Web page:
This also shows how we can reason about the values of propositions, which propositions have by our axiom and postulates, simply using the definitions, uniform substitutions and algebra: Here in fact we reduce CPL to a small and simple part of standard algebra, that is presumed known to the reader. UP

4. Semantical Theorems of CPL:  We have explained the grammar and semantical postulates of CPL, and can proceed to give some theorems with proof.

Indeed, what we in fact have achieved at this point - barring some unclarities, the avoidance of which would require too much fuss - is in fact a relation between formulas of CPL and algebra, that allows us to reason algebraically about formulas of CPL.

So the proofs that follow are again simply arguments in English and algebra about the values of the propositions of CPL. And established theorems (in fact algebraic identities) are used later on in the same way as original assumptions, again according to common algebraic conventions.

Also, I shall supply commonly used names in many cases, but leave most comments out as CPL is very well known. The reason to list these theorems is to have a foundation for the system of Extended Propositional Logic, to be founded on top of CPL and indeed extending it.

 T1 [~~p]=[p] Double denial (1) [~p]+[~~p] = 1 P~ (putting "~p" for "p") (2) = [p]+[~p] P~, (1) (3) [~~p] = [p] Algebra, (2)

T1 says that the double denial of a proposition has the value the proposition has.

 T2 [p&p]=[p]=[p][p] Idempotence of & (1) [p&p]=[p][p] P& (2) =[p] Algebra and BV, as 1.1=1 and 0.0=0

T2 says that the conjunction of a statement and itself has the value of the statement.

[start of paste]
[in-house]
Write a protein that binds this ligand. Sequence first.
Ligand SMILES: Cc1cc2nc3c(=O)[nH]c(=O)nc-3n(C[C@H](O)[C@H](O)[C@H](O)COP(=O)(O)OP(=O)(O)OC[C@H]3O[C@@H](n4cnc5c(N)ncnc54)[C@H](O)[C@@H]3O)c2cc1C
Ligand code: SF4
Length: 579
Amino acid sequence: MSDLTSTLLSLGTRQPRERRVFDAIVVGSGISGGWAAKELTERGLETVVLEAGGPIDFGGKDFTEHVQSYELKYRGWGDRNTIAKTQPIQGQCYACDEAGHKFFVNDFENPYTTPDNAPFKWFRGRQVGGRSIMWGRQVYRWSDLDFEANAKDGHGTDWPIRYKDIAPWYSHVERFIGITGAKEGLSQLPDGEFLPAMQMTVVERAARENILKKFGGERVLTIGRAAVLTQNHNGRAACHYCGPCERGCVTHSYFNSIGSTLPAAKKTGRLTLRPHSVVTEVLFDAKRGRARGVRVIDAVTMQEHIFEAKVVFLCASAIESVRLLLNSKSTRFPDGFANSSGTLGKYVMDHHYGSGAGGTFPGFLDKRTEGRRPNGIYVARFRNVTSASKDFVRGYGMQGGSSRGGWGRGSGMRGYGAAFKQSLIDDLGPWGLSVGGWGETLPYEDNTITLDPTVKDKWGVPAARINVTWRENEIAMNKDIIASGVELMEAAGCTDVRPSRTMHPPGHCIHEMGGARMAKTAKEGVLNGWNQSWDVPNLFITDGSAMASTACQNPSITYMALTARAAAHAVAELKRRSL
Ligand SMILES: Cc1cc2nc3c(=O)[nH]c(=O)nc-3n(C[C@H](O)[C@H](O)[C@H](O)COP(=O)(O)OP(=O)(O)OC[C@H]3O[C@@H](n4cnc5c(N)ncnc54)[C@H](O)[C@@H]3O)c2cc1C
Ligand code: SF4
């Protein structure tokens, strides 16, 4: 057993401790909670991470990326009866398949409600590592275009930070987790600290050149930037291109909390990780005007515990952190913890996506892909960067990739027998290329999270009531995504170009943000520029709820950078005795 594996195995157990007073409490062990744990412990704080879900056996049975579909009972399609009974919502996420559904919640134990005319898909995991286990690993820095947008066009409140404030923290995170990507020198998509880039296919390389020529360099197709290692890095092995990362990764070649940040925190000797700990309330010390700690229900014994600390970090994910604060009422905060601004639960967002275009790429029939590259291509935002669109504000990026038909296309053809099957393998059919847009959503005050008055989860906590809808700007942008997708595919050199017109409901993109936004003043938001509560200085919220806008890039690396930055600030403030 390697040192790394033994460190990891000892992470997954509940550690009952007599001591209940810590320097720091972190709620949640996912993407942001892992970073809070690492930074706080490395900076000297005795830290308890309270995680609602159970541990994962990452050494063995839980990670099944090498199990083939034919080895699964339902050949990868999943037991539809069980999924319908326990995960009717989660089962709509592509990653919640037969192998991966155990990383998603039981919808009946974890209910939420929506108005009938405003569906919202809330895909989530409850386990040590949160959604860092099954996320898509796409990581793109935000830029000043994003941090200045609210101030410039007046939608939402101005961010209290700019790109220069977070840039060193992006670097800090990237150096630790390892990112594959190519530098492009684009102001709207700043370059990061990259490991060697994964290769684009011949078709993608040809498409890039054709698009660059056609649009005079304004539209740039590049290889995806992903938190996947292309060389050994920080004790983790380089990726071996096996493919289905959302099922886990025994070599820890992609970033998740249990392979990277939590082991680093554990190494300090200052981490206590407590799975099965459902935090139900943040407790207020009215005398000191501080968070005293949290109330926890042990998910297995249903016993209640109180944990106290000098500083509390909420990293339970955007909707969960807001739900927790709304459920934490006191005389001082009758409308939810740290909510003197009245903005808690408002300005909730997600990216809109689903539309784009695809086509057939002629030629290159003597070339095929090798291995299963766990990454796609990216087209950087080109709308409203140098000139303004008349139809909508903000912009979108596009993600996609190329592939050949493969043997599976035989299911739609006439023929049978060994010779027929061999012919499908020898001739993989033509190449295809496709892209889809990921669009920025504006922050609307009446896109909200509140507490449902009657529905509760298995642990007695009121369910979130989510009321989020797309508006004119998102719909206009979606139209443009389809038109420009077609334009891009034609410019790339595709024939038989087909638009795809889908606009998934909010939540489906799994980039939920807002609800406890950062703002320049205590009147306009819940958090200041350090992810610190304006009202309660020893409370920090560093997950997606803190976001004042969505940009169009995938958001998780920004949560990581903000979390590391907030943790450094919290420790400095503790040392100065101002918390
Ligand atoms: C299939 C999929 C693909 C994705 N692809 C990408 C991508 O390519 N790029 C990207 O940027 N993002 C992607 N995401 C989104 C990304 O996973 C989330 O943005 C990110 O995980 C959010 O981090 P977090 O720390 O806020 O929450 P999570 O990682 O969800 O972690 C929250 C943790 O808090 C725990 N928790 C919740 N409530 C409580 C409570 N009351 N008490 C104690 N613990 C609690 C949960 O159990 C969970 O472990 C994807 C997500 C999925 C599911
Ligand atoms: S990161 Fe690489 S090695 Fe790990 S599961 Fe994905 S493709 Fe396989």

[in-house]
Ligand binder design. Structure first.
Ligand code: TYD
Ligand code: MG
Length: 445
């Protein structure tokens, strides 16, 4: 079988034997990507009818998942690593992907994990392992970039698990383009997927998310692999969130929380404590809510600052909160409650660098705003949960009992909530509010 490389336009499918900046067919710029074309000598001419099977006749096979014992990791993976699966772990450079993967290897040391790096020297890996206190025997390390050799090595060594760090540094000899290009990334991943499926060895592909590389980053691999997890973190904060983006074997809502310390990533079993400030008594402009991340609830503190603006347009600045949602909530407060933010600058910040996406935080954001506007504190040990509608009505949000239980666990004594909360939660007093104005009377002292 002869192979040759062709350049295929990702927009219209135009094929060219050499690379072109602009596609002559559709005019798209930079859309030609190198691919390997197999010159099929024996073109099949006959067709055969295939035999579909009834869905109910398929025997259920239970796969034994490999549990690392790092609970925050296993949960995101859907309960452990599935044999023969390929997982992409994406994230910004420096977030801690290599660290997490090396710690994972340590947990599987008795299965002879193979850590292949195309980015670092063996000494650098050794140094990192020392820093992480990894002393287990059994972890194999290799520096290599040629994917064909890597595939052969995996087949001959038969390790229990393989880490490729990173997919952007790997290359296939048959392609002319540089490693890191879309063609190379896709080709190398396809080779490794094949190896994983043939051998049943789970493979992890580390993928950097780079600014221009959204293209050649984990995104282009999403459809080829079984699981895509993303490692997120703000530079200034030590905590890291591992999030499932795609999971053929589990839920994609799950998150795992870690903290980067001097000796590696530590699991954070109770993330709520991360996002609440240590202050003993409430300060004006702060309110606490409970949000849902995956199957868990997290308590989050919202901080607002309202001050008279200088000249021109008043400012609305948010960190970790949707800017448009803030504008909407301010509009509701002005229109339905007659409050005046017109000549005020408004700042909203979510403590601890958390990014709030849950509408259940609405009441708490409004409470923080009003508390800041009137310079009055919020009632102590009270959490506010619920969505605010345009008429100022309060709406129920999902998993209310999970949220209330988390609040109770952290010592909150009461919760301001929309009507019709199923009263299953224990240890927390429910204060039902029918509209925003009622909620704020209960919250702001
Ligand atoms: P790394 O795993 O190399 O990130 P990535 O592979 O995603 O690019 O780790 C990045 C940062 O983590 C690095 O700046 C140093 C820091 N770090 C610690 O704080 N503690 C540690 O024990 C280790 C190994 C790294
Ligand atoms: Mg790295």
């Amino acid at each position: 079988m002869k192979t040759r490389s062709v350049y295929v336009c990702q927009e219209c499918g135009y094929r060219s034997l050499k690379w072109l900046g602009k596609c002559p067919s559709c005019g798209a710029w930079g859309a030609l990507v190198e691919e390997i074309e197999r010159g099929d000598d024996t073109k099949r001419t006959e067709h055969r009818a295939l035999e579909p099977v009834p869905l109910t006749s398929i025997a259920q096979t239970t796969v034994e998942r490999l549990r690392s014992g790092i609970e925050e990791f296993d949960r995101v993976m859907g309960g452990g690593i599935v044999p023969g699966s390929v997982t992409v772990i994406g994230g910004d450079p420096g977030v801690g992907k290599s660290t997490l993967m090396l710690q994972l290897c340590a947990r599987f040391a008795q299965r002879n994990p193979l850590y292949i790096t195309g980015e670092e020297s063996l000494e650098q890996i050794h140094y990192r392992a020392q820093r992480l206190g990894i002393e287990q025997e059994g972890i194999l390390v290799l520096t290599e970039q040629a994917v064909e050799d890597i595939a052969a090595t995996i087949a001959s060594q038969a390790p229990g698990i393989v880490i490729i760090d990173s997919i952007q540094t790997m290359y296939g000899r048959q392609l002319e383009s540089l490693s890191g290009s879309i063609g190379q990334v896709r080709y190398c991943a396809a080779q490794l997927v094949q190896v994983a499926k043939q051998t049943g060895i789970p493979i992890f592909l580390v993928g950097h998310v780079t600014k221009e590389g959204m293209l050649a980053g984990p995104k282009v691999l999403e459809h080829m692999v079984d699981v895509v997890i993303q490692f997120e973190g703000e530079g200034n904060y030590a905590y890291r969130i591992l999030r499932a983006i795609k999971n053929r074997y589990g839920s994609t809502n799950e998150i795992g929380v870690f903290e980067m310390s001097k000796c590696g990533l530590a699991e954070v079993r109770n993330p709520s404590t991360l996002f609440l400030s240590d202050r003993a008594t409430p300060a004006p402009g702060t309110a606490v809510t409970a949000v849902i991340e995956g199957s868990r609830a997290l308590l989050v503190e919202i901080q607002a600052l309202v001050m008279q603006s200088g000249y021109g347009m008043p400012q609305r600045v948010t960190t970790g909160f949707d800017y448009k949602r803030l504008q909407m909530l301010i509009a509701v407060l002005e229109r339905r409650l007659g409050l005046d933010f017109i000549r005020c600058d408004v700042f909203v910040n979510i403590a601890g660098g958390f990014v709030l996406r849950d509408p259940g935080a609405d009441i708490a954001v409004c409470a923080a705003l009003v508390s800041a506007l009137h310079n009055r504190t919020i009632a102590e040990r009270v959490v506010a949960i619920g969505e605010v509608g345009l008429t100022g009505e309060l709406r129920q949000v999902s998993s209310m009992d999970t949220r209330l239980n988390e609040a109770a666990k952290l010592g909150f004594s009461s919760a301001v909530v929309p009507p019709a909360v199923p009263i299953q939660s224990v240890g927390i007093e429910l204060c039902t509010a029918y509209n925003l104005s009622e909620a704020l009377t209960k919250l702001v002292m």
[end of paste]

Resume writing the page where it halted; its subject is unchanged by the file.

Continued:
T3 [p][~p]=0=[p&~p] Contradiction (1) [p][~p]=[p](1-[ p]) P~ (2) =[p]-[p][p] Algebra, (1) (3) =[p]-[p]=0 Algebra, T2 (4) =[p&~p] P&, (1)

T3 says that the conjunction of a proposition and its denial is always false

 T4 [pV~p]=1 Tautology (1) [pV~p]=[p]+[~p]-[p][~p] PV (2) =[p]+[~p] T3 (3) =1 BV, (2)

T4 says that the disjunction of a proposition and its denial is always true

 T5 [~(pV~p)]=[p&~p] De Morgan's rule

T5 is a version of De Morgan's theorem in one variable. It is proved by PV, P~ and T3, and says when a conjunction and disjunction amount to the same.

Using these theorems about only one propositional variable we can easily restate their import in a table:

 Possibilities p ~p ~~p p&p p&~p ~(p&~p) pV~p ~(pV~p) P 1 0 1 1 0 1 1 0 ~p 0 1 0 0 0 1 1 0

The first row apart from the first column displays propositional schemes. The first column - "Possibilities" - is unusual in this kind of tabular representations of propositional logic, since it is usually absent and replaced by a copy of the second and third columns that list the possible truth-values of p. However, explicitly stating the possibilities - that may be conceived in the present case as respectively the fact represented by the formula p and the fact represented by the formula ~p - will turn out to be very helpful later (since it preempts the need for a third truth-value in such tables, as we shall see).